Chichen Itza and the Cenotes

Chichen Itza

Pyramid of Kukulcan (El Castillo)

May 2014

Day two took us to the much awaited visit to the Mayan civilization nested inland, 200km from Cancun. A $79 per person bus tour was organized from the Hotel Concierge, that picked us up by 7:30am. Breakfast, drinks, and lunch was included, along with narratives on the history and backgrounds of the Mayan people. If required, we also gathered a nice map for the site, which is regarded as a World Heritage Site by UNESCO. Until a few years back, tourists could climb up the stairs of the mesoamerican pyramids, but due to vandalism and to protect the ancient wonder, tourists are no longer permitted to climb.

Facts:
  • In Mayan, Cancun (Kaan Kun) means ‘Nest of the Serpent’. Watch out for the Iguanas in all parts of the area.
  • Chichen means the mouth of the well. Itz is the high priest.
  • About 800,000 people still speak the Mayan language, albeit the written language is not practiced anymore, possibly due to the large number of characters and complexity of the structures.
  • Apart from the Cusco area in Mexico, Mayans still reside in Belize, El Salvador, Guatemala.
  • Mayans followed the Venus cycle for the famous (or infamous) Mayan Calendar. The calendar counts number of days from the start of the cycle, which is when the Earth, the Sun, and the Venus align. This is the creation date.
  • Mayan Calendar: Two wheels rotating in opposite directions measure the number of days. The best way to display the LC (long count) day is: Baktun.Katun.Tun.Uinal.Kin. Details of the format can be found here.

In the entire tour, taking 3 hours, we came to know several interesting things about the area. That the area is covered with limestone, made the rivers to run underwater, and therefore provided unlimited filtered water to the inhabitants of the village. The Chichens were smart people, and had placed great values on family, GOD, and the tribe they belonged to. Multiple wars were fought in the days to gain power. They were engineers too. Built straight roads to the ocean, used zero, erected hollow pyramids, and created scientifically designed structures that marked the four seasons based on the Earth’s orbital cycles. By far the most important structure in the area is the Pyramid of Kukulcan (deity of serpent). The pyramid has staircases, designed in a way to make it look like two snakes winding up to the top, with their heads in the ground level. During the equinoxes, the shadows create the visual effect of the deity whirling down the staircase. Interesting: The four staircases have 91 steps, and the final step on the top adds up to the number of days in a solar calendar, 365 days.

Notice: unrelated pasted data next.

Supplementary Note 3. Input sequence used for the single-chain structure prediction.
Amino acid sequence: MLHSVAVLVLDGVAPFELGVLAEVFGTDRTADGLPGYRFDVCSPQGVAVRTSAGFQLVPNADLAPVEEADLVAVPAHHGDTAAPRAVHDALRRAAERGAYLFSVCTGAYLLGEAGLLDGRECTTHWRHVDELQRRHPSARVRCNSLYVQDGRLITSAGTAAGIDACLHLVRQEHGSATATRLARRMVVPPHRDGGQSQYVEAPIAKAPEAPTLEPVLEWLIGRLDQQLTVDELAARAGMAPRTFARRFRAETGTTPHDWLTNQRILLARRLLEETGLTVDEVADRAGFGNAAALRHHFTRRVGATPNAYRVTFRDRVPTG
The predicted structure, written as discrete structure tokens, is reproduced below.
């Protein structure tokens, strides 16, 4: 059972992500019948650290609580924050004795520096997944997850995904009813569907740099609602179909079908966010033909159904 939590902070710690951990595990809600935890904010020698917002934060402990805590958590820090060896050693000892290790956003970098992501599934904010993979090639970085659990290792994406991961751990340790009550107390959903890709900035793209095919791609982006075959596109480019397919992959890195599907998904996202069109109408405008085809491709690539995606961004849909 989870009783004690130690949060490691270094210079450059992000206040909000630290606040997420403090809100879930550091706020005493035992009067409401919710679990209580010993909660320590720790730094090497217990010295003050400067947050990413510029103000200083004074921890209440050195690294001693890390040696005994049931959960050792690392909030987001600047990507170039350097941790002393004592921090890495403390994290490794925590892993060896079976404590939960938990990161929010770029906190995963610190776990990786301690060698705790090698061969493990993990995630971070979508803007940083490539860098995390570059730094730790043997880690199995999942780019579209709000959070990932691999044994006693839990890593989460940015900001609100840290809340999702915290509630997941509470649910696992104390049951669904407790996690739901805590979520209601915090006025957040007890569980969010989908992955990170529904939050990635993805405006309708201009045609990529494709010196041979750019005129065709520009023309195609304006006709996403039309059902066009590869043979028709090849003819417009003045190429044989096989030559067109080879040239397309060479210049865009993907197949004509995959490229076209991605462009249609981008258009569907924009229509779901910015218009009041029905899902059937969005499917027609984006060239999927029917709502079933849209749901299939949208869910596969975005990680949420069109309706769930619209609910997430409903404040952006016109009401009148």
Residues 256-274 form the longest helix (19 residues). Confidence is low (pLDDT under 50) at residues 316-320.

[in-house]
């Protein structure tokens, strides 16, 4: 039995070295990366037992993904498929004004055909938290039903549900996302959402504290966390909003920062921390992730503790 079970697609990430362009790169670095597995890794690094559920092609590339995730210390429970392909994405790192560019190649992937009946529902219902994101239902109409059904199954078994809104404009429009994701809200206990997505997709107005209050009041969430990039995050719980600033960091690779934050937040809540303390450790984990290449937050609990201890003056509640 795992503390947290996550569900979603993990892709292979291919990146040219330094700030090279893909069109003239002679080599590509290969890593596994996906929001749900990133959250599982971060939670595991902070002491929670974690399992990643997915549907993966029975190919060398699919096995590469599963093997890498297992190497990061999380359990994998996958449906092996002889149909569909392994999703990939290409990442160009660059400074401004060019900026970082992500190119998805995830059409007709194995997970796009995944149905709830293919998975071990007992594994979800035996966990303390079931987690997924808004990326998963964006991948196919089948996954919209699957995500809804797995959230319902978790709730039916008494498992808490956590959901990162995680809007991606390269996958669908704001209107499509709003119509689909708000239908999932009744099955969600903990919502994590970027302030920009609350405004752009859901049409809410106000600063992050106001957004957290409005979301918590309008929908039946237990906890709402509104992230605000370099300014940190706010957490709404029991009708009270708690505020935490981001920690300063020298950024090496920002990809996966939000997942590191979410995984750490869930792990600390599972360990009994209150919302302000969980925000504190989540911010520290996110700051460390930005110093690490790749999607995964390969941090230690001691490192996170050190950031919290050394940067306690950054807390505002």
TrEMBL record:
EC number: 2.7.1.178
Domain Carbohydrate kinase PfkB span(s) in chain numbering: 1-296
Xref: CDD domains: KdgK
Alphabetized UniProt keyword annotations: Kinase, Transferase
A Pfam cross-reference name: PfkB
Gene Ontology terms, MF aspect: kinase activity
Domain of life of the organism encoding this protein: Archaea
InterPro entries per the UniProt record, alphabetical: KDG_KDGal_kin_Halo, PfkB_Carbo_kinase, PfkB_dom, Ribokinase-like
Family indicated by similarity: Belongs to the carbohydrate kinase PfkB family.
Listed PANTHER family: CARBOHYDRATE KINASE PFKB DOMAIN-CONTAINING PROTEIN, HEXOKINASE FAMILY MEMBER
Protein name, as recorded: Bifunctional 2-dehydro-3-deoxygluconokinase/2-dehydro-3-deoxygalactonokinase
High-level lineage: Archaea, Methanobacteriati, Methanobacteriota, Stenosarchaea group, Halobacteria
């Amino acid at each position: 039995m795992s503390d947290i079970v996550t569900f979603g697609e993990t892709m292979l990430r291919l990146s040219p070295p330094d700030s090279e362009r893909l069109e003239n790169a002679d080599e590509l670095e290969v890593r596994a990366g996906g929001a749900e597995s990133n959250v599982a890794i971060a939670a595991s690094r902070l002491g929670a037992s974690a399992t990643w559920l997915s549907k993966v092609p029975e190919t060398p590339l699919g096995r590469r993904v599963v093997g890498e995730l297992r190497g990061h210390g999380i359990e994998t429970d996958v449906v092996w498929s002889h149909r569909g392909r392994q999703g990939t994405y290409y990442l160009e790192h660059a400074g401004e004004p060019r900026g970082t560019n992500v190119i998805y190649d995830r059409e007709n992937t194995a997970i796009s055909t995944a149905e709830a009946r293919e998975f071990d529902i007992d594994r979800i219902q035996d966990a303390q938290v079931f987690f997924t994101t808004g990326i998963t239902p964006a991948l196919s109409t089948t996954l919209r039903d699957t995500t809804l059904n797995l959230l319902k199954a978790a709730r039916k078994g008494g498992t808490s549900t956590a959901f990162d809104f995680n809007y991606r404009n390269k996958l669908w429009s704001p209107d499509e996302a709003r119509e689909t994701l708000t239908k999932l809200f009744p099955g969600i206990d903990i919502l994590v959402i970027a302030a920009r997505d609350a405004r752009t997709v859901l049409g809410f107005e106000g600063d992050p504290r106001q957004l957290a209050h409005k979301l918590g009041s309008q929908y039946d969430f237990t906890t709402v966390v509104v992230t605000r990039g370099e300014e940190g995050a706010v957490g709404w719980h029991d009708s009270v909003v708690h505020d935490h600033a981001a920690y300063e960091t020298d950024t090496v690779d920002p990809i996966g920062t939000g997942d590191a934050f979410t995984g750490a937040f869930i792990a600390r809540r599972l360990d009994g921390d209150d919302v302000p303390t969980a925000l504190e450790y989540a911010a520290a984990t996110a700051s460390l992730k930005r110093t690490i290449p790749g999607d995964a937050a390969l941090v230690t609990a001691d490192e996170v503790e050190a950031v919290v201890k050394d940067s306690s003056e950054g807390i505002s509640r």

El Caracol
Great Ball Court

Other structures we visited were the Great ball court (where the game of Pok ta Pok was played during specific events), the Sacred Wall, El Caracol (the observatory of the Mayans), Chac Mool (the lying human statue), and El Mercado (the market). The structures were all painted in different colors, and over the years, the colors have faded but the rocks still managed to exist even after 1000 years of existence. In essence the Mayans somehow reminded us of the Egyptian and Indus civilizations, albeit without any chance of communication among them. Similarities in the pyramid structure, reliance on the high priests on horoscopes and decisions, and worshiping of deities for food and income would run a shiver if thought carefully.

El Mercado
The Sacred Wall
Chac Mool

After the tour, we were taken to a so called ‘Co-Operative’ for Mayan people where we had a delicious Mexican and Yucatan style lunch buffet accessorized with local music and dancers. But the store up front, had mass produced items at an exceedingly steep price. Therefore, we took the less beaten path, and crossed the street to find a little mom-and-pop shop that had equally good souvenirs. A little bit of haggling for price, with the Calcutta trained shopper, yielded great results. 🙂

Ik Kil Cenote

 

Cenotes

The tour stopped for a little bit at one of the largest Cenotes (Sink Hole). The Ik Kil Cenote was a good place to be in a hot summer day. With a depth of about 140 feet, one can jump from different heights into the crystal clear water. There are underground tunnels underneath the surface of the water which is about 80 feet from the ground level. For the less adventurous ones, life vests are available for $3, and for the far less adventurous ones, the 80 step staircase would take you to the water level, where you can feel the water and soak the toes. The return phase of the trip was fun with unlimited supply of cerveza, and tequilla shots. Interesting way of getting people to slumber.

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